My husband, Jim and I, had been married for 28 years. Always a rocky marriage, we divorced this past January.
Neither of us knew he was sick at the time. He started having breathing difficulties and went to his doctor. A scan showed three spots on one lung. He was scheduled for a biopsy.
Before he could report for the biopsy, he had a heart attack. When admitted to the Naval Hospital they had a hard time getting his heart back into rhythm. They did blood tests, and the results was, he had “cancer”.
They moved him to another hospital that was suppose to do more for him. The doctors there refused to admit that Jim had had a heart attack. Even thought the Navy Hospital pointed out to them what had happened.
Jim was in the hospital over a week before they did a biopsy. The anatheologest was against doing it, because he was worried about the fact that Jim hadn’t had any test done, and wasn’t sure what was going to happen when they put him under for the operation. At the doctor’s assistance, they went ahead and did it.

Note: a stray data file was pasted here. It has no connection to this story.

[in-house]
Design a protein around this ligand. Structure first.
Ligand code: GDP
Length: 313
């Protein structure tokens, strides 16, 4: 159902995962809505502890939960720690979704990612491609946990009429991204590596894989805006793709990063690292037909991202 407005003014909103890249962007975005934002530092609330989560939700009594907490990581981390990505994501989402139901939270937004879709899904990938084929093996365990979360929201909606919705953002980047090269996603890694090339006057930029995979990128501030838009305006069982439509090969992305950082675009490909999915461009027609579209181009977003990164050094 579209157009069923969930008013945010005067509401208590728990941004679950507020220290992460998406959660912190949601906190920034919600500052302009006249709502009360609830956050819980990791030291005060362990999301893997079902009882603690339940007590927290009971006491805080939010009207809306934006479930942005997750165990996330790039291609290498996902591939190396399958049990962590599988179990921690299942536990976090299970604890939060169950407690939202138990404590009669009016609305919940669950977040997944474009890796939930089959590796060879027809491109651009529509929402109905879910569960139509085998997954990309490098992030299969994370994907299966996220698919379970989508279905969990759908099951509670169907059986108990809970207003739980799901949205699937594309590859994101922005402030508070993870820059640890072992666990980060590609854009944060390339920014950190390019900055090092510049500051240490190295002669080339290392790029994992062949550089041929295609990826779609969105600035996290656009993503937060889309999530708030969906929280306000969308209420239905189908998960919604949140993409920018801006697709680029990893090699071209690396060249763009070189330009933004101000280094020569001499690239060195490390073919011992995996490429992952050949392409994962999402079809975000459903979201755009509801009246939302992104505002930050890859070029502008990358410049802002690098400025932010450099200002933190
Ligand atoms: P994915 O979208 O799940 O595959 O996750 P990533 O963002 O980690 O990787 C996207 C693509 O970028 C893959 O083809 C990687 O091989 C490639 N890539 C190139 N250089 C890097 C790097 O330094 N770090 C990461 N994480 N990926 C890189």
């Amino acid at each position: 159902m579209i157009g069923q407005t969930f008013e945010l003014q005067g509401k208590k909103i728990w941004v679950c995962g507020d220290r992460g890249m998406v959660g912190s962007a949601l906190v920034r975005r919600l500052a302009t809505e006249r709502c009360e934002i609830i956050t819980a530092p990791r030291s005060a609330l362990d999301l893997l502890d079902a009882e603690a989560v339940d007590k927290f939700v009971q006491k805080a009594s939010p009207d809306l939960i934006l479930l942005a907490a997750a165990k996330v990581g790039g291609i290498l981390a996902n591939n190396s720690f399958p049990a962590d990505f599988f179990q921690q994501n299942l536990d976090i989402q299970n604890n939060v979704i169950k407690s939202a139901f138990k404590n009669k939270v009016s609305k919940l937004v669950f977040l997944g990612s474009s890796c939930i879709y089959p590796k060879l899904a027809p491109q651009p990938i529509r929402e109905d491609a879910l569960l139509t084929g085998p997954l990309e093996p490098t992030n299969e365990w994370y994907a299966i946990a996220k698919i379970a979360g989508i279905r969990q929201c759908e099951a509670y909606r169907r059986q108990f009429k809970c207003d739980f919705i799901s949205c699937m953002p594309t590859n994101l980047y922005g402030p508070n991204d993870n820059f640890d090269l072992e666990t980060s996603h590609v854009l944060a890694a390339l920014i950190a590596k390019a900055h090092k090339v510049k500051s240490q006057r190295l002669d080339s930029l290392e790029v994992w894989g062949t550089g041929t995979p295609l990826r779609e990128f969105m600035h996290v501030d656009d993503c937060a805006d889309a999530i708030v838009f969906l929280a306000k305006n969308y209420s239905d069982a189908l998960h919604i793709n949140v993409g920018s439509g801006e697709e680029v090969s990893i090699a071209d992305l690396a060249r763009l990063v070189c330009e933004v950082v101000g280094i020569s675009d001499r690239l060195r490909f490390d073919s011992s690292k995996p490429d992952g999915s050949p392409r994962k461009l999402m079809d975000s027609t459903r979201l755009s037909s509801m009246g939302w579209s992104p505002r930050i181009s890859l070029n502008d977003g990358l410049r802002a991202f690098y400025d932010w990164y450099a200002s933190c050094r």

The results were that all the lymph nodes were cancerous. I asked if that meant he was terminal. The doctor said, “I’m not saying that.” But, when we went in to see him, I mentioned to Jim’s sister that I wondered what we should do next. The nurse replied, “All you can do is make him comfortable.”
The doctor told Jim he only had a year to live. We would have liked to have been there when he was told that, to support and comfort him. Jim only lasted two and a half weeks from when he had the heart attack.
I wish the doctor would have been more open. We had no idea we would lose him that soon. I realize that even if the doctor had “been there” for us that Jim still would have died. He had a very aggressive cancer. But it would have helped us be more prepared for what happened.
Jim was a three or more pack a day smoker, and I realized he caused his own death. But I can’t help wishing his doctor had been a lot more compassionate.
–Anonymous in Florida